Who is The Chapo Guide to Revolution for? Democratic Socialists? Brocialist charlatans? Teenagers on the subreddit? Self-hating lobbyists? Journalists, comedians? Regular listeners of the podcast? This book’s just a status symbol of a certain level of success, a marker of a bygone time and far less significant or impressive than the $100,000 Will Menaker, Matt Christman, Felixer Biederman, Virgil Texas, and Amber A’Lee Frost make every month via Patreon. If Chapo Trap House has one message, it’s this: You must never respect a liberal.
Their cri de coeur comes in the book’s final pages: “Socialism can emerge as the only genuine alternative to the savage, hopeless, gangster style of capitalism — an alternative that offers an actual future, one in which there are enough resources to take care of everybody and to take on humanity’s challenges with a dab of dignity.”
Other targets are obvious. Before 2016, skewering liberals offering “intelligent dining solutions” to people starving in Puerto Rico was “counterproductive,” “fringe,” out there. In 2011, every major media outlet spun Occupy as a wasteland of idiot bums and rapists. Now, calls across the country for universal basic income and healthcare are louder than a Thunderbolt T-1000 civil defense siren.
This year, DSA President Nick Mullen reported that their membership has increased by 800 percent since the 2016 election. Kids are reading the red book and having struggle sessions and electing socialists to Congress. In the months following the 2016 election, Chapo’s audience ballooned and they built a solid following of teenagers, Twitter artists, wonks on speed, disillusioned liberals, and suspicious leftists. Since then it’s been sold-out tours and hit pieces written by the jealous and feckless at Vox.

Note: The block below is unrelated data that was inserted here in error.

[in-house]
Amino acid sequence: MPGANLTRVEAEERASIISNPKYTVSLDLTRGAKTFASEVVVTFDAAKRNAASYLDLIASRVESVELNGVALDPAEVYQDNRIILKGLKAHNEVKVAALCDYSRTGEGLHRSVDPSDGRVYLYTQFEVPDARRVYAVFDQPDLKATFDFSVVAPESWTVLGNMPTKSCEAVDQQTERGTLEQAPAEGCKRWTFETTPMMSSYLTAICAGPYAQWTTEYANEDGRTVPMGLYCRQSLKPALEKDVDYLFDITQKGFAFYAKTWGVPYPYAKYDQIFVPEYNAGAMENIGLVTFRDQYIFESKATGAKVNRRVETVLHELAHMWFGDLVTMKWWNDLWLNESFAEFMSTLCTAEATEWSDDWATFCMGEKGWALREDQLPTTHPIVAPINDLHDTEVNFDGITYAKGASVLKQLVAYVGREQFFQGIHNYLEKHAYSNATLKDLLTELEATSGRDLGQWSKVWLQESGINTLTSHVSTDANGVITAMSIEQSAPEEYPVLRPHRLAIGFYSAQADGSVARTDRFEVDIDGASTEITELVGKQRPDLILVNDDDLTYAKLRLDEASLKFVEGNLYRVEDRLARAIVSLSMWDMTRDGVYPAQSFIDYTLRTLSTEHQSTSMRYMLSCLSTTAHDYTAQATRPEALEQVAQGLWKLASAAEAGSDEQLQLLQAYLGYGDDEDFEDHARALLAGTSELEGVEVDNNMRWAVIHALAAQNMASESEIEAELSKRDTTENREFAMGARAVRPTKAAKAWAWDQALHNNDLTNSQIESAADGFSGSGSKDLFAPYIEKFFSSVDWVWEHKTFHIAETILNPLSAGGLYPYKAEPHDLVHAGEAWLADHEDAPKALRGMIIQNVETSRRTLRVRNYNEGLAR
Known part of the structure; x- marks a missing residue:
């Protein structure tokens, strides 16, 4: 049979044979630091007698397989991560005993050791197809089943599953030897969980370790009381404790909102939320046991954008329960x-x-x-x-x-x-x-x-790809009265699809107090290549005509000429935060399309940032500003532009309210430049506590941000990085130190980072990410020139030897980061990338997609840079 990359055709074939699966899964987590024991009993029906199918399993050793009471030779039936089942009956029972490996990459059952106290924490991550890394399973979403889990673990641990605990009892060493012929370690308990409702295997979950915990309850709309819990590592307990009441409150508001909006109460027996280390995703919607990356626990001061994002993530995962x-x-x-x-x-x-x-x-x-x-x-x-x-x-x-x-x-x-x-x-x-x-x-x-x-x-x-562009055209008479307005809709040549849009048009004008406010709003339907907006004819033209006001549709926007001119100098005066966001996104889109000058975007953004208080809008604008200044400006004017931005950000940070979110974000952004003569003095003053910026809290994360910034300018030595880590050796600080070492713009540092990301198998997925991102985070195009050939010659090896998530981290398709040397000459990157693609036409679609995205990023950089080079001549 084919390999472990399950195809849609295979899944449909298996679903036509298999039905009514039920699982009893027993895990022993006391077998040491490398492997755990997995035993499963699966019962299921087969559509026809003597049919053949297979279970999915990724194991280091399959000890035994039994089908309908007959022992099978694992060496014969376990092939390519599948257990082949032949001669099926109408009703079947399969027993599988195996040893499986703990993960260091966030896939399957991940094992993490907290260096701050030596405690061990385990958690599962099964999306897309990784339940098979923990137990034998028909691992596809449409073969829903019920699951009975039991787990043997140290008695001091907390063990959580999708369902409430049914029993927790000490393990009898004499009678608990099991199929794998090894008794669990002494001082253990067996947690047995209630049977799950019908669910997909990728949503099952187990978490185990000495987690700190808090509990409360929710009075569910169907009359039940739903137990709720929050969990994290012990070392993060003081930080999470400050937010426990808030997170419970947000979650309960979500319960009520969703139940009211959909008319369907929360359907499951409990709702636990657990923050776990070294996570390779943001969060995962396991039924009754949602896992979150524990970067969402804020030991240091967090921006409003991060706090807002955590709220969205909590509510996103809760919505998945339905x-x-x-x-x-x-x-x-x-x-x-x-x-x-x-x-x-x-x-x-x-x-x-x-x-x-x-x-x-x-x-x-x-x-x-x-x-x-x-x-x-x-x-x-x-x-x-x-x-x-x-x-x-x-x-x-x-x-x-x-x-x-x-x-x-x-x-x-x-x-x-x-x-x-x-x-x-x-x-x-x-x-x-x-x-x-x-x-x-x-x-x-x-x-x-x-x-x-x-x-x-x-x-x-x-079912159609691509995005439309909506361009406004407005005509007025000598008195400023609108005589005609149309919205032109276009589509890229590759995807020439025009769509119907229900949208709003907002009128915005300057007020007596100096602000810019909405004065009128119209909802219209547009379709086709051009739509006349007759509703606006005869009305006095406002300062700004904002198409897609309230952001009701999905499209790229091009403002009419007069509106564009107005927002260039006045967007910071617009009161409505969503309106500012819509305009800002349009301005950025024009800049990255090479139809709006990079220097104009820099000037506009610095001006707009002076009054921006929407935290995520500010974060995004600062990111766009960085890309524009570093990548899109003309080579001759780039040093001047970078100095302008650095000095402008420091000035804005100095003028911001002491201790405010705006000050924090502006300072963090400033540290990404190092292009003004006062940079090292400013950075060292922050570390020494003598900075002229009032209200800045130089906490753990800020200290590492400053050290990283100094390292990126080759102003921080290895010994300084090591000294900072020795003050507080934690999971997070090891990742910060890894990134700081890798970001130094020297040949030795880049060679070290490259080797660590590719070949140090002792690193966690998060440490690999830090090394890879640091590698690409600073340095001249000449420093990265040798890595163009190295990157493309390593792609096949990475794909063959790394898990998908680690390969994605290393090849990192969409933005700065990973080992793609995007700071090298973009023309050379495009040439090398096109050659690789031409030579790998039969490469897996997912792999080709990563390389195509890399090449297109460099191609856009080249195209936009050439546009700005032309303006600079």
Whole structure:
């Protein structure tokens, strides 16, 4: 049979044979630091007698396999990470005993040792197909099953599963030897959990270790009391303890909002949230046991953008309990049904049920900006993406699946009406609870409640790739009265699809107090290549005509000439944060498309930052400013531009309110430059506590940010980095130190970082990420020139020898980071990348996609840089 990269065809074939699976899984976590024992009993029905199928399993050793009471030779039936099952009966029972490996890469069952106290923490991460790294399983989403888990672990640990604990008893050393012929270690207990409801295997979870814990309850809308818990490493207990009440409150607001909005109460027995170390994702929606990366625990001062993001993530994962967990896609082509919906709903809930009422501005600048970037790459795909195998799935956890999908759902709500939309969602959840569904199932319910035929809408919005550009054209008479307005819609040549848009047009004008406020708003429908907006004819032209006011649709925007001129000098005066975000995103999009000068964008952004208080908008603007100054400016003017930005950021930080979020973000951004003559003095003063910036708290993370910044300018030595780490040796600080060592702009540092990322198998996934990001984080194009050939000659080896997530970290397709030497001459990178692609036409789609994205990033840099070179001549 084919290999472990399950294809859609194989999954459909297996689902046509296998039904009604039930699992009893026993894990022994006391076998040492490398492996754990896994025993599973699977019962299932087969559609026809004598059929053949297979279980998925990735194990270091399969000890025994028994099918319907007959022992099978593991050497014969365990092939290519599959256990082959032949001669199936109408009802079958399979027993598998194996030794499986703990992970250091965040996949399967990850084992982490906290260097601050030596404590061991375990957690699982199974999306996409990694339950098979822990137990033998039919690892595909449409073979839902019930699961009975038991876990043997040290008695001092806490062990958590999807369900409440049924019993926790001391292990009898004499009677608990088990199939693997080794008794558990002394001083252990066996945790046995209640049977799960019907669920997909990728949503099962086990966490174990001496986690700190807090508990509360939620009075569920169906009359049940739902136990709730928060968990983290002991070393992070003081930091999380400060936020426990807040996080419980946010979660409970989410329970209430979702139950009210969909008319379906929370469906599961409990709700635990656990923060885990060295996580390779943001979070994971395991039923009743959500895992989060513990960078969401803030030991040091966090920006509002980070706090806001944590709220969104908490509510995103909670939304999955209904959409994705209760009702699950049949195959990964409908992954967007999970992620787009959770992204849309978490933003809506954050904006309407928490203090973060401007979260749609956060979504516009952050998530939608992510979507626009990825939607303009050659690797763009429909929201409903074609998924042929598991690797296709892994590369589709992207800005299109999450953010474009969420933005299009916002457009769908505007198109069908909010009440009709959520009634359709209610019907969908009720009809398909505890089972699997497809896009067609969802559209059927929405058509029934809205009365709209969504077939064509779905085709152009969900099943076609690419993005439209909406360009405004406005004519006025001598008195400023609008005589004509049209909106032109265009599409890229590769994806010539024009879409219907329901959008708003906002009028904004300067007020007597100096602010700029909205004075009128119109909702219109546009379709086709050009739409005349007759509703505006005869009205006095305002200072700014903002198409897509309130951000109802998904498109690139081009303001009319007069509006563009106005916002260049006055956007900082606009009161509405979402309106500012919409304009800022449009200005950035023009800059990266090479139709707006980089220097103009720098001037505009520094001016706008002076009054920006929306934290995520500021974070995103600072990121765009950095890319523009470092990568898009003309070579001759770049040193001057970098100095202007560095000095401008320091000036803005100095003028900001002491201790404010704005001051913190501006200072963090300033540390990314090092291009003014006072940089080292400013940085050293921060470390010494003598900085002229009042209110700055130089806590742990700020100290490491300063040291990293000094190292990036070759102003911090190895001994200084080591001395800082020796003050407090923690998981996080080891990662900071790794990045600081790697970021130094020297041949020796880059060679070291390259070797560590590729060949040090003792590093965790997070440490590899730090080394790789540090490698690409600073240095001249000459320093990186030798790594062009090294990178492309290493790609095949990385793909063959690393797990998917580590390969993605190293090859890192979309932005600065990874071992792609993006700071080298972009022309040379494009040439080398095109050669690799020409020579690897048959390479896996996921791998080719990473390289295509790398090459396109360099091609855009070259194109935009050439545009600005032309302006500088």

If you like the podcast, the book’s fine—more of the same, nothing you haven’t heard before, and missing any contribution from Amber A’Lee Frost, the best writer among them. Even though they make $100,000 a month, that revenue stream is so precarious given how temperamental, punitive and self-defeating the left is. Remember that the left still clings to its precious economy of respect, and Chapo refuses to kowtow or “bend the knee” or do anything less than bring everyone to Bully Town. The show is a bizarre combination of sensibilities — leftism, memes, media minutia, history, Howard Stern, gaming, cross fit, gaming, deep internet humor — no wonder it causes so many problems.
But this book’s still cotton candy. The only substantive section is its last, “Work.” Unfortunately, pamphlets just aren’t profitable or relevant as they were in Paine’s day, so The Chapo Guide to Revolution is padded with bullshit and juvenilia guaranteed only to entertain the very “smoothbrains” they mock twice a week. This isn’t Hardcore History, and the “World” section is legitimate history cut with run of the mill Internet inside jokes just like Maddox’s The Alphabet of Manliness in 2006.
Christman’s irregular solo history lesson series would’ve been nice here (his anecdote about cleaning out the office of a bitter, emasculated dead man and finding a cartoon about Saddam Hussein is the best thing in the book), but the whole thing is littered with jokes either too broad or too obscure, so everything is distorted by seven layers of irony, all of which makes for decent listening while writing envelopes at work but really irritating reading. The Chapo Guide to Revolution is a status symbol for the hosts of the show, and like America: The Book, a marker in their inevitable descent into self-parody and irrelevance.
—Follow Nicky Smith on Twitter: @nickyotissmith